We were supposed to release Iron Sky The Coming Race in February 2018, as promised in the trailer released in 2017. But now, the release date has been moved to January 2019. So what the hell happened there? Is everything alright? What have you guys been doing the last year? Picking your nose?
Yeah, well. Not picking our noses, but indeed, we’ve had some downtime. Many of you have been waiting for the film for a while, so it’s better we – that’s Timo Vuorensola, the director, and Tero Kaukomaa, the producer, tell in detail what happened and why the current release date is one that we can guarantee.
Timo: Back in 2015, when we shot the movie, everything was pretty much alright; the film was financed, we managed to shoot the film and stay in budget, even squeezing few shooting days from the total count, and we moved on to post production just as planned.
Tero: The truth is that we had quite a lot of financing challenges already during the shoot as our financing was very tight and the cashflow was not very strong. The main reason for the challenges was the fact that our financing was very complex, with over 20 parties in the game. Also, couple of parties who were supposed to be part of the financing didn’t sign and some others reduced the amounts which were discussed before. This was during pre-production time and I had to choose if we postpone the start of the shoot to find more money, or to take the risk and start. As I was afraid that some of the other parties might leave – for whatever reason – if we do not close the financing, I decided to go for the shoot. We were able to do that by deferring all our own fees as part of the financing.
So we started the shoot with practically no buffer for surprises, which you easily face during the shoot. Therefore, I was extremely relieved that we could complete the shoot faster than estimated and in the budget. That was the best Christmas present I could wish for, to have the footage in the can for a great movie. For me, that’s the moment you start to feel confident that nobody can stop you. But, obviously, some new serious challenges were waiting behind the corner.
Timo: In the beginning of 2016, things started to turn sour. We lost one of the key financiers of the movie, leaving us with a gaping hole of over two million. This was partially our reason, though. We were unfortunately late with our delivery. After putting together the first assembly cut after the shoot, our VFX budget nearly doubled, as it happens in so many cases like this, which is followed – and was, in our case as well – by a rigorous fight to get the shot count to match to what we had budgeted, since throwing more money into the problem just wasn’t an opportunity for us. This took time, longer than we had scheduled for, and eventually we had to admit that we’re not going to make our first delivery date. Delays happen in film post productions all the time, but sometimes it means that some entity has to re-think their strategy and the new release plan didn’t fit theirs, and they left. Amicably, but irreversibly.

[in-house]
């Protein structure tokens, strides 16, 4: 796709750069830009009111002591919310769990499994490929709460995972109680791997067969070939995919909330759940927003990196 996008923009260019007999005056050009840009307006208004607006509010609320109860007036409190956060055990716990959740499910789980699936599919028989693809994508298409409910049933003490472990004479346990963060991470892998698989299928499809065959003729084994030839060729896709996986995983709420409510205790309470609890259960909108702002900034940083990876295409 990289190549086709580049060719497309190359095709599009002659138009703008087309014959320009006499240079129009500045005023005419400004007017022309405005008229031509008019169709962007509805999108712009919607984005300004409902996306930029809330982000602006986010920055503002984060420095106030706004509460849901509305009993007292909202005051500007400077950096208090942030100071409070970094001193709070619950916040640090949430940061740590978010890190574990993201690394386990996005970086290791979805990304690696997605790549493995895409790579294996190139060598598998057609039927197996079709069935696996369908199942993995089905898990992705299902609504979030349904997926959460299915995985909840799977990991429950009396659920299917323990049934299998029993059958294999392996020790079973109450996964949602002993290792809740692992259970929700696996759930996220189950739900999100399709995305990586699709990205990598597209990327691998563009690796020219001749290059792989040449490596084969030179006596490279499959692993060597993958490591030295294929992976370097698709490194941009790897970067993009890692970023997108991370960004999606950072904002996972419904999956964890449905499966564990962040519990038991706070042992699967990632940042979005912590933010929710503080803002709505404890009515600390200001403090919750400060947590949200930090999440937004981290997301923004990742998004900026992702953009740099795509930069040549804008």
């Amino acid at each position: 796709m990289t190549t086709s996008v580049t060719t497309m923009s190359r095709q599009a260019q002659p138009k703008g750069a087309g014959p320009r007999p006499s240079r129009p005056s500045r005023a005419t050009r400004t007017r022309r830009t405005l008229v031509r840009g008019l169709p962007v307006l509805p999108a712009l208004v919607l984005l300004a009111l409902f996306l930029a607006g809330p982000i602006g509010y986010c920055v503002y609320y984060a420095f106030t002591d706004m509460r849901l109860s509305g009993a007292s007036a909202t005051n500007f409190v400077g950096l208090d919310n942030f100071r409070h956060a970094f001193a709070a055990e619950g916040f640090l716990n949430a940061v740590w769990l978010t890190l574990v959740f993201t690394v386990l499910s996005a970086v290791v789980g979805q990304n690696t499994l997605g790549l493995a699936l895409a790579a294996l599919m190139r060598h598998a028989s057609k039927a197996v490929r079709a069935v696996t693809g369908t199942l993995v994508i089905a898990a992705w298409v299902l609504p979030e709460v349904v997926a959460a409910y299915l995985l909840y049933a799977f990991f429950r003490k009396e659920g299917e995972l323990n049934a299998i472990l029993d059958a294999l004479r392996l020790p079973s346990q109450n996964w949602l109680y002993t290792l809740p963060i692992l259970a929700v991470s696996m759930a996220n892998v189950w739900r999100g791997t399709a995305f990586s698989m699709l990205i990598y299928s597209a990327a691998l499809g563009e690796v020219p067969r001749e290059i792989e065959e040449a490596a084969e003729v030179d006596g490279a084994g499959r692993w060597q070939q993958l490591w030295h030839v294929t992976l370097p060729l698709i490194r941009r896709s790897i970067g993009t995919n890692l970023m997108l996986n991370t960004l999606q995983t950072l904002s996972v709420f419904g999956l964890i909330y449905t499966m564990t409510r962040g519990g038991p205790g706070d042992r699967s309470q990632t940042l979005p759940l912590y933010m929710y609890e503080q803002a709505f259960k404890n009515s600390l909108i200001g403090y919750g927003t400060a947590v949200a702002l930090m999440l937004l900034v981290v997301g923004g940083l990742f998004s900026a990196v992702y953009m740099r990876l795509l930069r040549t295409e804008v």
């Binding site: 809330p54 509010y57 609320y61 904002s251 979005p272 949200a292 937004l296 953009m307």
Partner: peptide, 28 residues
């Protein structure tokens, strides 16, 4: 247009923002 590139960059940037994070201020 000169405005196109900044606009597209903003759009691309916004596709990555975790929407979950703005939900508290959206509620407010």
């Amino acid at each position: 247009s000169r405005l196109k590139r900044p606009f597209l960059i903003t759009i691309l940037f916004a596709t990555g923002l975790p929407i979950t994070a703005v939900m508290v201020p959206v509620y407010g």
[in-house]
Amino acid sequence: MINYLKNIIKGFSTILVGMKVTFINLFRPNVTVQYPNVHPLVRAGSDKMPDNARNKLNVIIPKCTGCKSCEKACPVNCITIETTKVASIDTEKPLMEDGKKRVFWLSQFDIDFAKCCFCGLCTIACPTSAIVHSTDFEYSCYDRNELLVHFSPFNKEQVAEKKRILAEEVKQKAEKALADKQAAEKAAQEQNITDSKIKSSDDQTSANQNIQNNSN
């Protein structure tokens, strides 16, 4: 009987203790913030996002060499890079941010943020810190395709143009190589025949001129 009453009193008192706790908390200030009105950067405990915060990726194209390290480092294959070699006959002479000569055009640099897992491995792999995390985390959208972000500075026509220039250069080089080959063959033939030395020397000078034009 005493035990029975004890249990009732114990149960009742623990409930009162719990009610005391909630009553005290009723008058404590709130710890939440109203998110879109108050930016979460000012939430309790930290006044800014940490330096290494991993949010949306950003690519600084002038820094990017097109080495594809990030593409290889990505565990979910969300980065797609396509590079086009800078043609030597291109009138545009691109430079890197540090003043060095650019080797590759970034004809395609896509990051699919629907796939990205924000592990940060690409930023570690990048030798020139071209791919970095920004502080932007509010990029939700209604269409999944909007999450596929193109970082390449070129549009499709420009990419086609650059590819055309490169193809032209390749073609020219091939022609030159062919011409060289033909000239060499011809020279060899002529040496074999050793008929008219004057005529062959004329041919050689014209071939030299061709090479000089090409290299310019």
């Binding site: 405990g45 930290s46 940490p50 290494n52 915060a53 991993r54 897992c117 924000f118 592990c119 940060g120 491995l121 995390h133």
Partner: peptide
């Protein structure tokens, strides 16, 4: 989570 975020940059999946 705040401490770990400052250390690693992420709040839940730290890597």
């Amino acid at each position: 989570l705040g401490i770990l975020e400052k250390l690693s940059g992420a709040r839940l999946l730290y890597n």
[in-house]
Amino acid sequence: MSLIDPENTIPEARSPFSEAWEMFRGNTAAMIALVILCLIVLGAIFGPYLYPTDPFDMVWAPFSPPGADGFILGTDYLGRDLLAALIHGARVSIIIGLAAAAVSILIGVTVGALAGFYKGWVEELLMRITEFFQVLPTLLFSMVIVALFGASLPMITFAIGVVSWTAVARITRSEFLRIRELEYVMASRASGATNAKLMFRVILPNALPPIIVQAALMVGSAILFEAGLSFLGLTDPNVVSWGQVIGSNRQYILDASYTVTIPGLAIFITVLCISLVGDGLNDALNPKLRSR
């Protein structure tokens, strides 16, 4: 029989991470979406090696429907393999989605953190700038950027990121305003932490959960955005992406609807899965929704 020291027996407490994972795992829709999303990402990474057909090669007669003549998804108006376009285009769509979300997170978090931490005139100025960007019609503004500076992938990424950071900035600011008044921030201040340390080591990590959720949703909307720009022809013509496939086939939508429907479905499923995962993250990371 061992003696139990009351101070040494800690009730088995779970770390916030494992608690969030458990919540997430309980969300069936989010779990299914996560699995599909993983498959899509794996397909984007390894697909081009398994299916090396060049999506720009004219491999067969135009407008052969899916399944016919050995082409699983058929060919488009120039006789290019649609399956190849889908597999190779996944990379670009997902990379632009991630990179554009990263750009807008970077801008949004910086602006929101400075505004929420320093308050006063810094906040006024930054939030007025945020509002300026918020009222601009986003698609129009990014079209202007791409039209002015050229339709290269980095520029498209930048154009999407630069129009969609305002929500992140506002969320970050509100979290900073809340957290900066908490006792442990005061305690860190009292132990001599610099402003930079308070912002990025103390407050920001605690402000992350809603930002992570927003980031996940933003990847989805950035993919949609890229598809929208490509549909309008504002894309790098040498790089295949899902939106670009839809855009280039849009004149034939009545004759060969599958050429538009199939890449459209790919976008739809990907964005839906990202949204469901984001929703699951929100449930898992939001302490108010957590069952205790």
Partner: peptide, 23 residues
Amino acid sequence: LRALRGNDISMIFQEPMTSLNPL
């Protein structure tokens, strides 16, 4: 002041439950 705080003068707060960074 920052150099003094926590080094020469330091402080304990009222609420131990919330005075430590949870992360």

Hastily, we started to look for new money to fill the hole, but as one might guess, it’s not easy to find over 2 million.
Tero: All of us producers were running after a solution, but at first, nothing seemed to work. Status was, that the film, which had already once been financed, was now looking for new money. This itself was a big turnoff for many investors. But, we were in luck. AJ Annila, who directed two of my earlier films, Sauna and Jade Warrior, had completed his latest film The Eternal Road, produced by my fellow colleague Ilkka Matila. One sunny morning I went to see his film in the press screening. I was very curious to see the film as I like AJ’s work a lot, and he hadn’t been doing films in a while. I was totally blown away. The film was a masterpiece. I immediately messaged to AJ that you have made the best Finnish film ever, and then I called to producer Ilkka to congratulate for the film. In that discussion Ilkka mentioned about the Finnish investors, who were part of the film.
Thanks to Ilkka (Ilkka, I still owe you the beer I promised), two days later I was on the phone with Ari Tolppanen. Ari is a guy who used to own a cinema in Helsinki back in the eighties, which he sold to Finnkino and started Capman, an investment company which went also to stock exchange. Now, Ari had retired from Capman and went back to his roots and started investing in movies. He and his colleague Mikko Leino saw the rough cut of Iron Sky The Coming Race and liked it, and suddenly we had a potential solution in our hands. Until…